Somalia has been exacerbated by failed attempts of the international community to restore peace and as such Menkhaus argues that Somalia’s state collapse at governance level falls into the “dubious distinction of being the world’s foremost graveyard of externally sponsored state-building initiatives” (Menkhaus 74).
However, on the other side of the spectrum, Menkhaus highlights the point that notwithstanding the socio-political collapse of Somalia’s governmental and judicial infrastructure; this is has not prevented economic growth and development particularly at a fragmented local level (Menkhaus 74). Moreover, Menkhaus suggests that the lengthy absence of governance is in fact a significant causal trigger in promoting economic development via joint ventures between business groups, traditional business methods and civic groups (Menkhaus 74).
The focus of this paper is to critically evaluate the current state of economic development and its system of governance in Somalia. To this end, it is submitted as a central proposition in this paper that sustained economic development in Somalia is intrinsically dependent on the socio-political backdrop and that therefore implementing meaningful initiatives to restore legitimate governance will go further to sustain stability in economic development in the long term (Cypher & Dietz 22).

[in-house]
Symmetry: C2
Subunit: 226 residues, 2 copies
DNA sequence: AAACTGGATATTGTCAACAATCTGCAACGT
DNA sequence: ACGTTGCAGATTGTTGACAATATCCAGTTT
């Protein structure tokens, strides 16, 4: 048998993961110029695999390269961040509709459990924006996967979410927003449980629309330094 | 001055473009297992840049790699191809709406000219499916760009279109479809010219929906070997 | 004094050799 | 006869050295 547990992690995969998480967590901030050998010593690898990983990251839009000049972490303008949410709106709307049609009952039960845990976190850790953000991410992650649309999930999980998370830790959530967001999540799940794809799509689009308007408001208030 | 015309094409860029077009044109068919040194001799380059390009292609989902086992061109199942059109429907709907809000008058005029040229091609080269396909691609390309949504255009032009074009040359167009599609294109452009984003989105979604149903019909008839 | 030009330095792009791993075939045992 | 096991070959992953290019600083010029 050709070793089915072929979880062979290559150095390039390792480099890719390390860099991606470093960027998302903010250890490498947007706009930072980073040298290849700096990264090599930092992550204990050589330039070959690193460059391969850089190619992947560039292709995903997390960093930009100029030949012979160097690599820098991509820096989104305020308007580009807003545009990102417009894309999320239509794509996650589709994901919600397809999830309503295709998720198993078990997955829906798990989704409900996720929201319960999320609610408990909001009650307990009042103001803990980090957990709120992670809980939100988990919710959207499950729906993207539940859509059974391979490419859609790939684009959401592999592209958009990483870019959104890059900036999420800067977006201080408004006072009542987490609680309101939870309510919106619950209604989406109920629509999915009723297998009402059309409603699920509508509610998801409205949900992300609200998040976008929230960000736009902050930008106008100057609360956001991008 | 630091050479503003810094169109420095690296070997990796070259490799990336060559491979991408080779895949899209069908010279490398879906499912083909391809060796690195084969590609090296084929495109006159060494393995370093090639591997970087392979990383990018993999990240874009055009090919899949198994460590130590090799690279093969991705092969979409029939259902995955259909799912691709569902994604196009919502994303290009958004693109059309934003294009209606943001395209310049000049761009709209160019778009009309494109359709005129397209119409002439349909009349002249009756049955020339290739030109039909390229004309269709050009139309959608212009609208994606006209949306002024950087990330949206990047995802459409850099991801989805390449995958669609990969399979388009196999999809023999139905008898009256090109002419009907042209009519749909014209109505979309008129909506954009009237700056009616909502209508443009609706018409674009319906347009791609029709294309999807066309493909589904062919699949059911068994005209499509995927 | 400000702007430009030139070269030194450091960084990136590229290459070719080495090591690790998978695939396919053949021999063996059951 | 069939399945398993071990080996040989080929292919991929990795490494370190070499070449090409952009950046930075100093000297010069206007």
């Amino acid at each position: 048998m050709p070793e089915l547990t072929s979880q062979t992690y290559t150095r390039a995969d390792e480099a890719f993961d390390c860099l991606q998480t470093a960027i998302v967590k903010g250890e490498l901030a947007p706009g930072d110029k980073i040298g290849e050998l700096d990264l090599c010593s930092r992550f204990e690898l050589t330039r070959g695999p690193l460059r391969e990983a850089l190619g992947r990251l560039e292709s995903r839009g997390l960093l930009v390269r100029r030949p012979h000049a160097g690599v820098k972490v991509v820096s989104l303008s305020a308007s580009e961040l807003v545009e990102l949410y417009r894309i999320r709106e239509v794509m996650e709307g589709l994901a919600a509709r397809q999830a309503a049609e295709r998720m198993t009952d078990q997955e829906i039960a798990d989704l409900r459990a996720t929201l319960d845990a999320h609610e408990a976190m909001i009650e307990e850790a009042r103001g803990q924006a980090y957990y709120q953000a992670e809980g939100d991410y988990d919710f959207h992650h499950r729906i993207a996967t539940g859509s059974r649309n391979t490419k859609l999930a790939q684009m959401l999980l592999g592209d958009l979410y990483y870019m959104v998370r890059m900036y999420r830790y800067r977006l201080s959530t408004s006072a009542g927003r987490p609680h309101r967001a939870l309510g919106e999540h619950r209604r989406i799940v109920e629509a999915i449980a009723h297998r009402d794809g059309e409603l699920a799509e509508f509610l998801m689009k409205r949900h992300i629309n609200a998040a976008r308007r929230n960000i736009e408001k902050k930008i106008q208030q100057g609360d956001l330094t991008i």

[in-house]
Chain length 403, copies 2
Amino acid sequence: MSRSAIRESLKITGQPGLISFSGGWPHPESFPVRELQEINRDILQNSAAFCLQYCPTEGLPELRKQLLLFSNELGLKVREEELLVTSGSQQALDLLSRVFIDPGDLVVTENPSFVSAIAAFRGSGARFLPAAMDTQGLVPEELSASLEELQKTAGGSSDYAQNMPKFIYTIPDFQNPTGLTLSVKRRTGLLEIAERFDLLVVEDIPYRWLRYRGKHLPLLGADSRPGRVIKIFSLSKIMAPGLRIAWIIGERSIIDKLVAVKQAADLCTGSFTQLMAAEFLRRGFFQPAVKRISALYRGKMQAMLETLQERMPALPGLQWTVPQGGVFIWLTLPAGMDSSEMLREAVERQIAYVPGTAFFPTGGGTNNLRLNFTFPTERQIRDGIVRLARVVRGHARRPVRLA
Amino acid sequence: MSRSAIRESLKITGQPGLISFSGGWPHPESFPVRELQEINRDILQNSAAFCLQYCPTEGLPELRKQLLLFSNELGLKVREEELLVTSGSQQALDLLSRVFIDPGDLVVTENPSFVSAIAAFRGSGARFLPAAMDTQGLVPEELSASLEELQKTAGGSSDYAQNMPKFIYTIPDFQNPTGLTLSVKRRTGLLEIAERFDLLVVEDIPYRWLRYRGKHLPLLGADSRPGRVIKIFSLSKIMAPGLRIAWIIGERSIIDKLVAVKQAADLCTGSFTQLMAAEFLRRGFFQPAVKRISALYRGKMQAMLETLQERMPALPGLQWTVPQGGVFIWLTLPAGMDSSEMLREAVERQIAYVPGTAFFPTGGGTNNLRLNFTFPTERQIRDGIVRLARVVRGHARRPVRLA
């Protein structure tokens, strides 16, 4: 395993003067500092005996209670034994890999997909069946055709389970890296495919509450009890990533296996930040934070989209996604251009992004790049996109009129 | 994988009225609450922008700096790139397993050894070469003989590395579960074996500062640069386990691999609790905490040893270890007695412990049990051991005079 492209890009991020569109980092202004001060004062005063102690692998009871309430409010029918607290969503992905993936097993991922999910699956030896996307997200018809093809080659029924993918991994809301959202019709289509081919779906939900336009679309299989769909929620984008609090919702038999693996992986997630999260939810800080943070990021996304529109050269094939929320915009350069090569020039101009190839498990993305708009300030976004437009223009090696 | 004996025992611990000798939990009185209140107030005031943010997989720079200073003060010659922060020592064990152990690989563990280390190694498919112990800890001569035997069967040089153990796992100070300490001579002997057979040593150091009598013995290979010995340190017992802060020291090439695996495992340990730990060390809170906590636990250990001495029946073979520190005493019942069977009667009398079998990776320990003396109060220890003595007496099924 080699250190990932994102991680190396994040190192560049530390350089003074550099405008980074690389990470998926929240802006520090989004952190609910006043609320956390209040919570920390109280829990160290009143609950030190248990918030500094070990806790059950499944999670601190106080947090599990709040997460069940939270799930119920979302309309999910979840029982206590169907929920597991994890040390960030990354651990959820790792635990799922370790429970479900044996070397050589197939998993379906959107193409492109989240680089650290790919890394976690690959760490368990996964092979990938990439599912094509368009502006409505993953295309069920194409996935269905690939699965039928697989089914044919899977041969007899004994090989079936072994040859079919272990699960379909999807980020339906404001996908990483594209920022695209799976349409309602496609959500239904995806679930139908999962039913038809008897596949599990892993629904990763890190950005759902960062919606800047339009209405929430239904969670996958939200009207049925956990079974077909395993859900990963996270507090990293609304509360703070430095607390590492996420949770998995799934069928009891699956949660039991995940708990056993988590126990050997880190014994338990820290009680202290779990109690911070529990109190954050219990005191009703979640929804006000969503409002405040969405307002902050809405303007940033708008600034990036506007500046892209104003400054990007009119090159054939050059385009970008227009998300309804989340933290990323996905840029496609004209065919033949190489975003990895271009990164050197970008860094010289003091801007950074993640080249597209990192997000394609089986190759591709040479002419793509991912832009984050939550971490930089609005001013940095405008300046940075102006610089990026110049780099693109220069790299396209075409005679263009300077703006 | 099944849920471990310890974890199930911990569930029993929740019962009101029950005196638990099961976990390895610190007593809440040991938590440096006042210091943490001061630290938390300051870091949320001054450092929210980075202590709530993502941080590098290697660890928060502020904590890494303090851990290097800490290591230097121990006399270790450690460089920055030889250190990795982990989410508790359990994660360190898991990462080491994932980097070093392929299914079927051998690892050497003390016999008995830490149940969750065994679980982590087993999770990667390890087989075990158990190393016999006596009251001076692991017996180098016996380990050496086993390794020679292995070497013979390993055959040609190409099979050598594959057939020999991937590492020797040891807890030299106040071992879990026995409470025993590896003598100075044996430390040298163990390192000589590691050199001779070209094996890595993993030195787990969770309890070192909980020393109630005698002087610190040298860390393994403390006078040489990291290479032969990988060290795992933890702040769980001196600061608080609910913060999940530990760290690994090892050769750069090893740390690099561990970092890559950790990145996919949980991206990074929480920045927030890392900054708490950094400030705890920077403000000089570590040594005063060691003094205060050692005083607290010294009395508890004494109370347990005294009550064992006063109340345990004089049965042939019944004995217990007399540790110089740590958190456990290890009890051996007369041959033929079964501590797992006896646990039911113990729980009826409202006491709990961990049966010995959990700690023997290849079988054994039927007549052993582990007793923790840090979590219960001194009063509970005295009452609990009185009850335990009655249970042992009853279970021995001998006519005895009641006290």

Therefore, whilst the lack of governance may not have prevented economic development in Somalia per se, it is further submitted that the political instability remains a central barrier to sustained economic development and growth in Somalia in the long term. This proposition is further supported by Menkhaus’ argument that “the repeated failure of top-down efforts to revive Somalia’s central government must not obscure the significant success of governance-building efforts within some local Somali communities” (Menkhaus 74).
Indeed, the post-colonial development of Somalia within the wider context of contemporary